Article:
Did you know? Only three shark species are protected under CITES regulations (great white, whale shark and basking shark). Yet many shark species such as scalloped hammerhead, porbeagle and spiny dogfish are on the brink of extinction!
In less than one year’s time, Government officials from all around the world will meet in Thailand to discuss the fate of the most threatened and heavily traded shark species. With 175 member countries the Convention on International Trade of Endangered Species (CITES) sets controls on the international trade and movement of animals and plants at risks of becoming extinct.
Many shark populations have declined dramatically over the past thirty years, some by as much as 99%. By supporting the Big Shark Shout Out campaign and signing the CITES petition you can give sharks a fighting chance and ensure the most vulnerable shark species get the trade protection they desperately need.
Sign the CITES petition TODAY
The burgeoning and largely unregulated trade in shark fins represents one of the most serious threats to shark populations worldwide.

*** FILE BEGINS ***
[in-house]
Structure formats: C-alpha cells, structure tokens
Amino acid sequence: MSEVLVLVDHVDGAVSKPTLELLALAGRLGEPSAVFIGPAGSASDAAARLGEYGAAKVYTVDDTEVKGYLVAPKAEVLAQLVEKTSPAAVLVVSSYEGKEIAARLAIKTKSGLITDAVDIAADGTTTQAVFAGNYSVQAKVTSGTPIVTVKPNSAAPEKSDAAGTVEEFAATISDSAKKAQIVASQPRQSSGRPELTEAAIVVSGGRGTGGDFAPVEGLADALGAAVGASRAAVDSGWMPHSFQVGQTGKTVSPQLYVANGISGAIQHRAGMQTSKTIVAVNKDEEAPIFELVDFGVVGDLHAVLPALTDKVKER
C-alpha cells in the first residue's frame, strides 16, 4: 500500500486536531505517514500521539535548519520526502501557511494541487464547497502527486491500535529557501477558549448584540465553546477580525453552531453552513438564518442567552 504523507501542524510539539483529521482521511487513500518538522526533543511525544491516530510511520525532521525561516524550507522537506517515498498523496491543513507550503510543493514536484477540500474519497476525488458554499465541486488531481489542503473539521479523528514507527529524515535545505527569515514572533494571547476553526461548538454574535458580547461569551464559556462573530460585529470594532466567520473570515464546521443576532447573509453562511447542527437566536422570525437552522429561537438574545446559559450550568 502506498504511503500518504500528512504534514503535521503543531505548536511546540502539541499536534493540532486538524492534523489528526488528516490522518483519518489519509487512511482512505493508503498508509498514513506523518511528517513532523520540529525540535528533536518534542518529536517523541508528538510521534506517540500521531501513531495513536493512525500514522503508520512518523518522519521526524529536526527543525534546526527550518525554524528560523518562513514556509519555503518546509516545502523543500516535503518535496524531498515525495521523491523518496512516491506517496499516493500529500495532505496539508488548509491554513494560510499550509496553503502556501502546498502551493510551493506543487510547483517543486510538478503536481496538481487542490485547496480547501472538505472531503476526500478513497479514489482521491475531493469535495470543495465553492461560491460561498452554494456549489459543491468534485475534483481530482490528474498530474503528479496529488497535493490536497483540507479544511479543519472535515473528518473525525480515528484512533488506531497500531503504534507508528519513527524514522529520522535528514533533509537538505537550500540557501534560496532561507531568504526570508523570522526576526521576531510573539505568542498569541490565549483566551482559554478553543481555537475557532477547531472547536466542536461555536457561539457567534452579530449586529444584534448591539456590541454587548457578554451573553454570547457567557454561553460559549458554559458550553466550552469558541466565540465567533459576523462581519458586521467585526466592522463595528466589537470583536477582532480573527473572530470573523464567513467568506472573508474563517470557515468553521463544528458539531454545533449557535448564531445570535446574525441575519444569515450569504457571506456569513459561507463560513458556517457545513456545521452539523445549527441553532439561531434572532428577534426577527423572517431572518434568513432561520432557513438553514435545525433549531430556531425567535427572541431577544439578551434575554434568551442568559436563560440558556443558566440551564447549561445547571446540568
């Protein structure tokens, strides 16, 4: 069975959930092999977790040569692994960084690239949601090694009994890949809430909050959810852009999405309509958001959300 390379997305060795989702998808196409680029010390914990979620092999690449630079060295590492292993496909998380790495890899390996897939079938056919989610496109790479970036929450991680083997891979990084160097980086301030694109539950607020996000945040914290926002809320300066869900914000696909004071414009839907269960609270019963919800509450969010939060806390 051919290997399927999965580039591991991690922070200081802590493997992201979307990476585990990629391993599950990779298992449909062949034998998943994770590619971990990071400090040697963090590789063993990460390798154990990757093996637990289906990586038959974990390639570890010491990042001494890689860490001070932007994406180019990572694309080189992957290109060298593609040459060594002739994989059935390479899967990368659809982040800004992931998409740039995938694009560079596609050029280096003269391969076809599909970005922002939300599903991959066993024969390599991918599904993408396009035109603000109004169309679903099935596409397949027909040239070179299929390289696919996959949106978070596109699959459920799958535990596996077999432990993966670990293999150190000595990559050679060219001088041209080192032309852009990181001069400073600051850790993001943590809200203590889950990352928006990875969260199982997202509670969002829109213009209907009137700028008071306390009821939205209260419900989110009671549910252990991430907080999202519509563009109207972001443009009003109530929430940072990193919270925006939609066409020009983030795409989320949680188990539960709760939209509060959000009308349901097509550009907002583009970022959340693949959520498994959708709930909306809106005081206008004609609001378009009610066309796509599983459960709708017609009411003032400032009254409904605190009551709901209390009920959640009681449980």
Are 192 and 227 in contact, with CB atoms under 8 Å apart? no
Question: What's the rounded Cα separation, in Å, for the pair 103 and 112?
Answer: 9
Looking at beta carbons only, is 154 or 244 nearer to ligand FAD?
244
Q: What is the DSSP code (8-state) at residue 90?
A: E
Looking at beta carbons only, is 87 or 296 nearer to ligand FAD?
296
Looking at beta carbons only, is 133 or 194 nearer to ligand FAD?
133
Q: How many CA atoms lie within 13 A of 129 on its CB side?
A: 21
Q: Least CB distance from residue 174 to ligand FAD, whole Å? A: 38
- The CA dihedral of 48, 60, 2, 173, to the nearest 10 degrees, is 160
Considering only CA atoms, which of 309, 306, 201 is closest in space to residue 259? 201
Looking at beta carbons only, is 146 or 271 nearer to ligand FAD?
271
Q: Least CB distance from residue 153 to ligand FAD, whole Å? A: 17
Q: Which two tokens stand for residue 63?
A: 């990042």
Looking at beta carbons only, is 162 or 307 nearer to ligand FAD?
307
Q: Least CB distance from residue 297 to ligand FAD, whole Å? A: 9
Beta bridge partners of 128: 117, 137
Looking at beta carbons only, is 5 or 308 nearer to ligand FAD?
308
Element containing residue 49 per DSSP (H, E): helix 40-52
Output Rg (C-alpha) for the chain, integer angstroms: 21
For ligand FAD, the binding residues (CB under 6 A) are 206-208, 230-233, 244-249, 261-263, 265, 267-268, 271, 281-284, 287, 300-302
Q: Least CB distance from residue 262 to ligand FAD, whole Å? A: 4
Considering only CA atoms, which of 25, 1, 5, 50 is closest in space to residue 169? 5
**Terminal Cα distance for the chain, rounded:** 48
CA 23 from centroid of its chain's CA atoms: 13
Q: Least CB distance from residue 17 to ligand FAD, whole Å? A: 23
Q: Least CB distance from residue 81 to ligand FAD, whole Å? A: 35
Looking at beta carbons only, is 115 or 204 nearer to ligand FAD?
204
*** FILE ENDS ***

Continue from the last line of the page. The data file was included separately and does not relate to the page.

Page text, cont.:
Shark finning (the cruel practice which involves slicing fins from sharks at sea and dumping their bodies overboard) is not only an Asian problem. Shark fin soup can be found in many restaurants across the world and many countries export shark fins to the Asian market.
According to some studies, every country with a coastline export fins to Hong Kong. Despite a shark finning ban implemented in 2003 in Europe for instance, EU countries (particularly Spain) continue to be the single largest supplier of shark fins to the Hong Kong market.
WHY SHARKS ARE IMPORTANT
Sharks play an important role in keeping the ocean healthy and in balance. They regulate the quantity and health of other species of fish and invertebrates. Sharks quite often prey on sick, diseased or old animals. This prevents the disease or sickness from spreading and creates habitat space for other animals. Oceans without sharks are oceans out of balance, which means trouble for everyone who depends on oceans for food, jobs and enjoyment. All of us really!
Support for shark protection is difficult to achieve because of the persistent irrational fear of sharks. A change in attitude, perception, media coverage, and improved conservation legislation and fishing policies are desperately needed. Public support for shark conservation is crucial to balance short-term interests and ensure that strong and enforceable shark conservation measures are implemented.
We can’t afford to ignore the fate of sharks because some of us are afraid of these animals or because this slaughter happens miles out at sea where no one sees it. The results of the loss of sharks will have effects beyond our imagination and beyond our current ability to understand.